Drs. Christopher Ellis, Karel Tyml and Michael Sharpe

London Sepsis Checklist

While sepsis rates are not easy to capture and compare, early recognition and treatment is an area of improvement for hospitals across the country including London Health Sciences Centre.

To help address this, a multidisciplinary team led by Dr. Christopher Fernandes, chair, Medical Advisory Committee and director, Quality of Medical Care, focused on four initiatives:

  • better recognition of sepsis;
  • enhancing Critical Care Outreach Team utilization;
  • improving antibiotic stewardship; and
  • improving palliative care recognition.

In response, the London Sepsis Checklist was developed and includes a sepsis screening tool and checklist for the emergency department and all inpatient floors, as well as antibiotic guidelines, a comprehensive website, and online learning modules for physicians and nursing staff.

Preliminary results show that a multidisciplinary approach using a variety of tools means faster recognition and treatment of sepsis, ensuring a safer health care experience for our patients.

ABOVE: Through their research, Drs. Christopher Ellis, Karel Tyml and Michael Sharpe have shown that vitamin C is a potentially safe and effective treatment for sepsis.

BELOW: Dr. Christopher Fernandes, chair of the medical advisory committee and director of quality of medical care, reviews the sepsis checklist completed for an emergency patient with registered nurse Michelle Douglas.

Dr. Christopher Fernandes with registered nurse Michelle Douglas

NEW RESEARCH helps patients survive sepsis

Treating sepsis, the leading cause of death in intensive care units (ICUs) around the world, is one of the most significant challenges in critical care medicine.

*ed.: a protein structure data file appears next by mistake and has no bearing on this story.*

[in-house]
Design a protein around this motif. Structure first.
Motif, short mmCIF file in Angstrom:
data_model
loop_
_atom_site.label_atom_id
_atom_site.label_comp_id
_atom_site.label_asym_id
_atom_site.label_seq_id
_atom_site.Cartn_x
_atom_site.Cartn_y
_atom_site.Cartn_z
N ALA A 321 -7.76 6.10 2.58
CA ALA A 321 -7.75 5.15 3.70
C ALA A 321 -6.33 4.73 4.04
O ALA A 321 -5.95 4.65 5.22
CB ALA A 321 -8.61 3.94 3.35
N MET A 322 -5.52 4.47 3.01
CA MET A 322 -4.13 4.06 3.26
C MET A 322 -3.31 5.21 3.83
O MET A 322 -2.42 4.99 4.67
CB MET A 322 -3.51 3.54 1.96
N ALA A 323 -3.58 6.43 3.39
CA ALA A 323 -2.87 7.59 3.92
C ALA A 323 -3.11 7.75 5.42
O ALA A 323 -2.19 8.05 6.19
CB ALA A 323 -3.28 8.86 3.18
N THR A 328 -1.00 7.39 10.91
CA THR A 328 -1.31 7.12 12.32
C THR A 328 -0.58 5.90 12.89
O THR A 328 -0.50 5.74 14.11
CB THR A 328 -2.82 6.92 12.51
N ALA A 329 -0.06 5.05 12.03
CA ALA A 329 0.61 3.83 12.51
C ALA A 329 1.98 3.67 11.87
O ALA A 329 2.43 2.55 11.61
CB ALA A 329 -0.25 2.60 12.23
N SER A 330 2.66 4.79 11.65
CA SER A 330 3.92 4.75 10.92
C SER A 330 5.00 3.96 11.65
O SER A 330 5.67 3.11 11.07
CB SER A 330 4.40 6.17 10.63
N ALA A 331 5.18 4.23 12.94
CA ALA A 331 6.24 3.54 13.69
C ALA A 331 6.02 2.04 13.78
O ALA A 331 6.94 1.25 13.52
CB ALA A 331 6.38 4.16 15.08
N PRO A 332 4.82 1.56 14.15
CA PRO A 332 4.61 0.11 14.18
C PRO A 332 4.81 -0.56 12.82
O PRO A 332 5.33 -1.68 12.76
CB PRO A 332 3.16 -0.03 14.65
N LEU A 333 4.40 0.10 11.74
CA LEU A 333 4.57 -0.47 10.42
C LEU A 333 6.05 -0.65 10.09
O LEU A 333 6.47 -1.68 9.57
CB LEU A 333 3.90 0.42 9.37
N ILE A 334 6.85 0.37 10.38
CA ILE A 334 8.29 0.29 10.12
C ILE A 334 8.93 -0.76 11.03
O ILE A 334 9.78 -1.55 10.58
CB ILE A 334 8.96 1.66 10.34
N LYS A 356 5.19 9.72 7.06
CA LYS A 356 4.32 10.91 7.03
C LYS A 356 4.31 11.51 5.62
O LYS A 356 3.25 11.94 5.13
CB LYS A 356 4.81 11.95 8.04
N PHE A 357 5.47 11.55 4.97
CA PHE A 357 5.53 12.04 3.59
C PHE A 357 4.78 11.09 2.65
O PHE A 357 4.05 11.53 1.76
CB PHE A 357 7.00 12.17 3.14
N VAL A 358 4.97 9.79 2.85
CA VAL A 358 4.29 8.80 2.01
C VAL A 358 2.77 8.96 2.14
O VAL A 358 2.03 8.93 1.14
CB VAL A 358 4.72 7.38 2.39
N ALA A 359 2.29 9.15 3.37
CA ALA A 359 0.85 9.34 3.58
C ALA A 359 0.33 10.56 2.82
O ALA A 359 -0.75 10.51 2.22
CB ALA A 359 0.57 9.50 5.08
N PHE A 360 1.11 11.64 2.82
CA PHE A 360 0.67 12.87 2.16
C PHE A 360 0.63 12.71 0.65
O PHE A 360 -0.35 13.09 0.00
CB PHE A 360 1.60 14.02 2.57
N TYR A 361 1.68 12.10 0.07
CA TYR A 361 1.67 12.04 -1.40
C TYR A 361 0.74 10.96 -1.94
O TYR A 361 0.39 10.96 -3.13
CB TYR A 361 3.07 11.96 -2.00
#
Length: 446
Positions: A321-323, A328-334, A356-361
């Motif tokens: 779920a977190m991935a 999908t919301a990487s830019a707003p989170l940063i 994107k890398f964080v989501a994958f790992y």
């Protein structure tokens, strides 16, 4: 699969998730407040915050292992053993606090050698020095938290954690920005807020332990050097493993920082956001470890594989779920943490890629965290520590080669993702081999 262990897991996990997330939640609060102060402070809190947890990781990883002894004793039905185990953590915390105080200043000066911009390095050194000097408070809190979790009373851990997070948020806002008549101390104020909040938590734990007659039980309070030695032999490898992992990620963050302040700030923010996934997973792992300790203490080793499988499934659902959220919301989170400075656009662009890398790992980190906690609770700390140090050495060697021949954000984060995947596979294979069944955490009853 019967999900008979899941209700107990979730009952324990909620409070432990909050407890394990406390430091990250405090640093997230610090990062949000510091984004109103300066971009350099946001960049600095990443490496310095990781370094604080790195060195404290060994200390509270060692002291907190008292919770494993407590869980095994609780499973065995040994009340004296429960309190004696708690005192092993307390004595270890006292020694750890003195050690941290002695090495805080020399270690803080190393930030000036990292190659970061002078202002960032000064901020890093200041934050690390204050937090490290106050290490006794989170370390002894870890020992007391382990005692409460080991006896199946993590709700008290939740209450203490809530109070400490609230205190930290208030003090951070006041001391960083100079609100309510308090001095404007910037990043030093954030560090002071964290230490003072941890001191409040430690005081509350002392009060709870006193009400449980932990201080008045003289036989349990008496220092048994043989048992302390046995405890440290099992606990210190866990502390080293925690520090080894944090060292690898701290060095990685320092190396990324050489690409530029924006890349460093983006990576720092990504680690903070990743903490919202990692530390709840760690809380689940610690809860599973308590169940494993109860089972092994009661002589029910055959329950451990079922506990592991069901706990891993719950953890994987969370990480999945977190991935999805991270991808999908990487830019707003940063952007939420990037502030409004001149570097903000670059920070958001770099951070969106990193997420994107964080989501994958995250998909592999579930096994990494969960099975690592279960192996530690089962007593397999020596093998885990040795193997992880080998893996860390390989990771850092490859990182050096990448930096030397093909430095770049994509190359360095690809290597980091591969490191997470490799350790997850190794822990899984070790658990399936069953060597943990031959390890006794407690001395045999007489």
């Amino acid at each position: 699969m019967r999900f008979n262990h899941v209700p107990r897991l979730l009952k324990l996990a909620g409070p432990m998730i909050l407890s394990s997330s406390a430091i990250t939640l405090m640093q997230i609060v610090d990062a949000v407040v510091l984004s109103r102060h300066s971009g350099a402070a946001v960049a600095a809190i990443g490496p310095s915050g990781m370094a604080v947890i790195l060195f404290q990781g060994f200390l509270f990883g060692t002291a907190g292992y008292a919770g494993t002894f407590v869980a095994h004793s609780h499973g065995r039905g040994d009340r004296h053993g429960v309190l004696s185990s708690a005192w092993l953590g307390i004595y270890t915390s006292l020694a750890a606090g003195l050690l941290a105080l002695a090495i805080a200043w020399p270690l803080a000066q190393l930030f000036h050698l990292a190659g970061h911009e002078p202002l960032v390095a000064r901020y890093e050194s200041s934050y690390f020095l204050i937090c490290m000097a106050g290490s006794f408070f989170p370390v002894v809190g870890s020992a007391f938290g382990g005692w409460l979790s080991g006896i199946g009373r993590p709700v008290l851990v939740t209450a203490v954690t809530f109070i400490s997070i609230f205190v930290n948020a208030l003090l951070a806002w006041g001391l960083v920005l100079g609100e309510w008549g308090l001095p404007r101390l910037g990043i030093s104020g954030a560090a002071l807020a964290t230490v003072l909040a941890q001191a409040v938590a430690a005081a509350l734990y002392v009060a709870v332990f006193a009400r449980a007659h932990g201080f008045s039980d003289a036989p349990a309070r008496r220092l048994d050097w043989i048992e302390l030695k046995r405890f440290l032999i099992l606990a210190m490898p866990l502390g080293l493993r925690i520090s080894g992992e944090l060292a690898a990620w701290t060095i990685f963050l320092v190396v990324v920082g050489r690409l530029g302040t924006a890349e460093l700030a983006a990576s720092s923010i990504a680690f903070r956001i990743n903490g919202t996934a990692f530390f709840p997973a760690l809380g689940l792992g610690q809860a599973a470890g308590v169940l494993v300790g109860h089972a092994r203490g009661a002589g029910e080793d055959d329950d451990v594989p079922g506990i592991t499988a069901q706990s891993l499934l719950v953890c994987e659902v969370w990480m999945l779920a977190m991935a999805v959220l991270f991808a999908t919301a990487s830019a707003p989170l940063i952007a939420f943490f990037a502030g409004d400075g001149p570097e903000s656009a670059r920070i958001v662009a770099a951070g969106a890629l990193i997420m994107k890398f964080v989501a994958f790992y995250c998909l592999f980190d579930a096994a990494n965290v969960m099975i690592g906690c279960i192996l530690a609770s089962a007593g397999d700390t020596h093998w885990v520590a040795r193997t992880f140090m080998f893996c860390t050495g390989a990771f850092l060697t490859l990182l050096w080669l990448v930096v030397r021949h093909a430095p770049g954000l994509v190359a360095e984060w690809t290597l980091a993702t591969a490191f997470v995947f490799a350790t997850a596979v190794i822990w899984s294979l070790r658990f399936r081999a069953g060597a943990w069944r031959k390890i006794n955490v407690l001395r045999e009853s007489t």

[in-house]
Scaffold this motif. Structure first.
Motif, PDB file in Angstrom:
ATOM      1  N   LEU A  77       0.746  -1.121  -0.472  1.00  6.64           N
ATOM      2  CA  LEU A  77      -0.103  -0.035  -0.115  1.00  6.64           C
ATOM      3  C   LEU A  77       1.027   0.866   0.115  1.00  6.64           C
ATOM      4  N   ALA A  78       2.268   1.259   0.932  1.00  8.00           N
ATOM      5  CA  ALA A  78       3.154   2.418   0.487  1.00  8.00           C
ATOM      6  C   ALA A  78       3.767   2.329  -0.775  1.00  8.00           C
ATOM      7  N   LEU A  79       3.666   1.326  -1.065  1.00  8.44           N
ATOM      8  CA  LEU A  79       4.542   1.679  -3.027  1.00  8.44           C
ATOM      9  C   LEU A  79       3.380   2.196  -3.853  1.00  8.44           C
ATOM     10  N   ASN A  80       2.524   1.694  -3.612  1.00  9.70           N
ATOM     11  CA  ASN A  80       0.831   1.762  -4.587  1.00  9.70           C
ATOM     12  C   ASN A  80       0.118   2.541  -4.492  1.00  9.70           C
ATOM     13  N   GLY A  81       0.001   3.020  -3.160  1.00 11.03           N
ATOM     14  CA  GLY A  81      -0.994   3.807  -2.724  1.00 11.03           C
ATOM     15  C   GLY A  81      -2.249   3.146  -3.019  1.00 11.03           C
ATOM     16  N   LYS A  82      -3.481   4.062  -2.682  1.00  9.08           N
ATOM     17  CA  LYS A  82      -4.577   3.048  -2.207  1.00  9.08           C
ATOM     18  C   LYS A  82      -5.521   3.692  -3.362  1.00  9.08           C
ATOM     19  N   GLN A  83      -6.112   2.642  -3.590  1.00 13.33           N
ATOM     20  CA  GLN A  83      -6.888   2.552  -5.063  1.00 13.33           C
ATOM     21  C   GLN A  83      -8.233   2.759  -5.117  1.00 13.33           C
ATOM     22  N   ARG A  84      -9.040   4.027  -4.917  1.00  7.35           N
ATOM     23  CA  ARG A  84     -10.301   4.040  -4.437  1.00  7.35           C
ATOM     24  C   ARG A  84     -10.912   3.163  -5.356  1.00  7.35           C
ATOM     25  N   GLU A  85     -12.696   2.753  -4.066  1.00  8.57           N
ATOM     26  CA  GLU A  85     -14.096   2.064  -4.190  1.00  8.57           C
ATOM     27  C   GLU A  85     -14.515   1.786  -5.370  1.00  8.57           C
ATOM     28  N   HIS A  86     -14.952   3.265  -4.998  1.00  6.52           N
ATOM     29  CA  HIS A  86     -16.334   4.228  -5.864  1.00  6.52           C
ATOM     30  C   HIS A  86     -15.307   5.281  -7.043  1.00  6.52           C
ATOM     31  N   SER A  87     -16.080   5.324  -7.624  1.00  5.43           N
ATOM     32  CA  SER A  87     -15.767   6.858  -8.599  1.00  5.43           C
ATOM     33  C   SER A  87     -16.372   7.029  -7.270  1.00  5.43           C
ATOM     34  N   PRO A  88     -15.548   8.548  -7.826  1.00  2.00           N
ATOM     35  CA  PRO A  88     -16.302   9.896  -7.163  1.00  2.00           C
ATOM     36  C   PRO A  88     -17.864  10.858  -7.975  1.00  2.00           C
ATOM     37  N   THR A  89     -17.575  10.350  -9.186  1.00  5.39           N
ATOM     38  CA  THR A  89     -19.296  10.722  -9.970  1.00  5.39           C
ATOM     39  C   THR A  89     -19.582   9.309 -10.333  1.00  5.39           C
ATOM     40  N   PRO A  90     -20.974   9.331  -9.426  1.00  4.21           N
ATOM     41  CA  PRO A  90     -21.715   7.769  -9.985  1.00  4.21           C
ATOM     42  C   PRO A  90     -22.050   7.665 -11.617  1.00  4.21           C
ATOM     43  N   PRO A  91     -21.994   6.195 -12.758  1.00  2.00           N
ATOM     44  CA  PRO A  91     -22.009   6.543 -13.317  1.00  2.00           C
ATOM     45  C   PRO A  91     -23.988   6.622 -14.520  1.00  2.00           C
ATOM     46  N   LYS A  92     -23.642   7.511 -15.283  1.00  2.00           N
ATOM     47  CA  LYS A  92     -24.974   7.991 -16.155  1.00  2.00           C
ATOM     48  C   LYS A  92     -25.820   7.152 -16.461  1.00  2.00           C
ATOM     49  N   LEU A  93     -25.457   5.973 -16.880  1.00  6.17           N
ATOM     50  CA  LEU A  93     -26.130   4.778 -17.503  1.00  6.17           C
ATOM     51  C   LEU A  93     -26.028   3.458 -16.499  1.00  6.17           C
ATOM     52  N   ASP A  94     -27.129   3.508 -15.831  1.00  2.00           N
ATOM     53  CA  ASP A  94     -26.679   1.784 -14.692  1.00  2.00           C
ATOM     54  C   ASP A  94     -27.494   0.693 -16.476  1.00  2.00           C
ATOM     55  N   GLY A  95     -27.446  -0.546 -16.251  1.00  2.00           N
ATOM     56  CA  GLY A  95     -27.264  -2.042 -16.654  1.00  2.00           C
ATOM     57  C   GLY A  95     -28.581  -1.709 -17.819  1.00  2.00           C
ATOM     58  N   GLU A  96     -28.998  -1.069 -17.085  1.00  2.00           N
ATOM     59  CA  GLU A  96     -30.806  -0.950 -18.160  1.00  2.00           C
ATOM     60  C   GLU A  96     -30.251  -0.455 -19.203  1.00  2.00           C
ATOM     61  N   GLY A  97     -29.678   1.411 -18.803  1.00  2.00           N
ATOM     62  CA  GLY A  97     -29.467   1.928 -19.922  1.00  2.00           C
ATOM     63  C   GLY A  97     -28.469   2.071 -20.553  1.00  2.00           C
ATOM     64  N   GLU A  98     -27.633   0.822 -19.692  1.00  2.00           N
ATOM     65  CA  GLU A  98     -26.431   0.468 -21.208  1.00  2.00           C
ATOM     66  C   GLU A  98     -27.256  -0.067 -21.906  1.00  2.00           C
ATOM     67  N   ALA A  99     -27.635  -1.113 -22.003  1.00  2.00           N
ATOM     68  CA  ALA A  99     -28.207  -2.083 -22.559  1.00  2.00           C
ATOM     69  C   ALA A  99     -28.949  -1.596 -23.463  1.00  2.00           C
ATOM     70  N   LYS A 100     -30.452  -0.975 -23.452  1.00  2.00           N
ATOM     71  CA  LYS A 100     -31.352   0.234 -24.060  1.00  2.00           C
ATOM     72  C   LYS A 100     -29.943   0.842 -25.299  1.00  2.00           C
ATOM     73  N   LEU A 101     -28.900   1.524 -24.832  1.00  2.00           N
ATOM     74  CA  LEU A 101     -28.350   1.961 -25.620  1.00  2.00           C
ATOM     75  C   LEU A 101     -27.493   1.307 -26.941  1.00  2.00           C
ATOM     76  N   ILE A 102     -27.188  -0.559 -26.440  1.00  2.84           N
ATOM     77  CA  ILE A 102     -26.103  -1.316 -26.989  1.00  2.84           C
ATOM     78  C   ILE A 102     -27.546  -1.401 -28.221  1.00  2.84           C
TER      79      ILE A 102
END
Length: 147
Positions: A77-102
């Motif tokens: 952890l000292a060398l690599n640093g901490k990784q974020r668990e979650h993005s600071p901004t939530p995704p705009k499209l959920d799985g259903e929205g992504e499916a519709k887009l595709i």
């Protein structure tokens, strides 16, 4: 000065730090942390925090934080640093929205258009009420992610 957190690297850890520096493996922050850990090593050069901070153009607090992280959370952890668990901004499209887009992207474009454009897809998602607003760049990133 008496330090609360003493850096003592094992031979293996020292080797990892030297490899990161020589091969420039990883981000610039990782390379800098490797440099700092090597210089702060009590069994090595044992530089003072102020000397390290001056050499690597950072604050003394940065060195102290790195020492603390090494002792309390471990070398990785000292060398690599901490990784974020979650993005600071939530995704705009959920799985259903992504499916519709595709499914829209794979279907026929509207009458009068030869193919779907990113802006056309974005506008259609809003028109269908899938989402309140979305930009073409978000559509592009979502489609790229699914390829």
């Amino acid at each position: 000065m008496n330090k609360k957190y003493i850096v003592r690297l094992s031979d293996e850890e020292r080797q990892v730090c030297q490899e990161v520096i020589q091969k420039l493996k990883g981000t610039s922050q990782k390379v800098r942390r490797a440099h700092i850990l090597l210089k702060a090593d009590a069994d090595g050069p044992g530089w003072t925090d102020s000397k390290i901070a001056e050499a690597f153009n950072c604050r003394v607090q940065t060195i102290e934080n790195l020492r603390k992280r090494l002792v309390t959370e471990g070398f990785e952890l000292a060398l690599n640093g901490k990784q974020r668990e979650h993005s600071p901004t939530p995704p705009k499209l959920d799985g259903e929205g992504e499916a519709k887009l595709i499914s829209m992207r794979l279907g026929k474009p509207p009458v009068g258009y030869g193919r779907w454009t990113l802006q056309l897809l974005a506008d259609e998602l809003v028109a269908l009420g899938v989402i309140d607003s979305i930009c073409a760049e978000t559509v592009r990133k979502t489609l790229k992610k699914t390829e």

Often developing from infections associated with trauma, surgery, burns or cancer, sepsis occurs when the body’s immune system goes into overdrive, overwhelming normal processes in the blood.

In the most severe cases, small blood clots form in tiny vessels called capillaries throughout the body, blocking blood flow to vital organs leading to organ failure.

Babies, the elderly, and those with weakened immune systems are more likely to get sepsis, but even healthy people can become deathly ill from this syndrome.

Health experts predict that hospitals will continue to see an increase in the number of patients with sepsis due to increases in invasive medical procedures, the number of immuno-compromised patients being treated, and an increase in the number of elderly patients with more than one disease.

But new research underway at Lawson Health Research Institute (Lawson) is showing that vitamin C, used for decades to maintain good health, has been identified as a potentially safe and effective treatment for this life-threatening illness.

Lawson’s Drs. Karel Tyml and Christopher Ellis, along with Dr. Michael Sharpe, an intensivist at University Hospital, have found that a single injection of vitamin C not only prevents blocked capillaries during the onset of sepsis, but it can also reverse this effect by unplugging already plugged capillaries.

“Our research into sepsis has found that early as well as delayed injections of vitamin C significantly improve chances of survival,” explains Dr. Tyml. “And more importantly, a single injection of vitamin C is long-lasting and prevents capillary plugging for up to 24 hours.”

“In our animal models of sepsis, we have observed that plugging of capillaries results in lower oxygen levels in the tissue,” says Dr. Ellis. “The more capillaries that are plugged, the lower the oxygen levels.”

The potential benefit of this treatment is substantial. Vitamin C is inexpensive and previous studies have shown that it can be safely administered to patients.

“It has the potential to significantly improve the outcome of sepsis,” says Dr. Sharpe.

Drs. Tyml, Ellis and Sharpe are eager to find appropriate support to move this research from the bench to the bedside. “All of our work in the lab with vitamin C supports the hypothesis that it will be helpful in decreasing sepsis rates and death from sepsis in patients,” says Dr. Tyml. “Our next step is to begin pilot projects in humans to prove this.”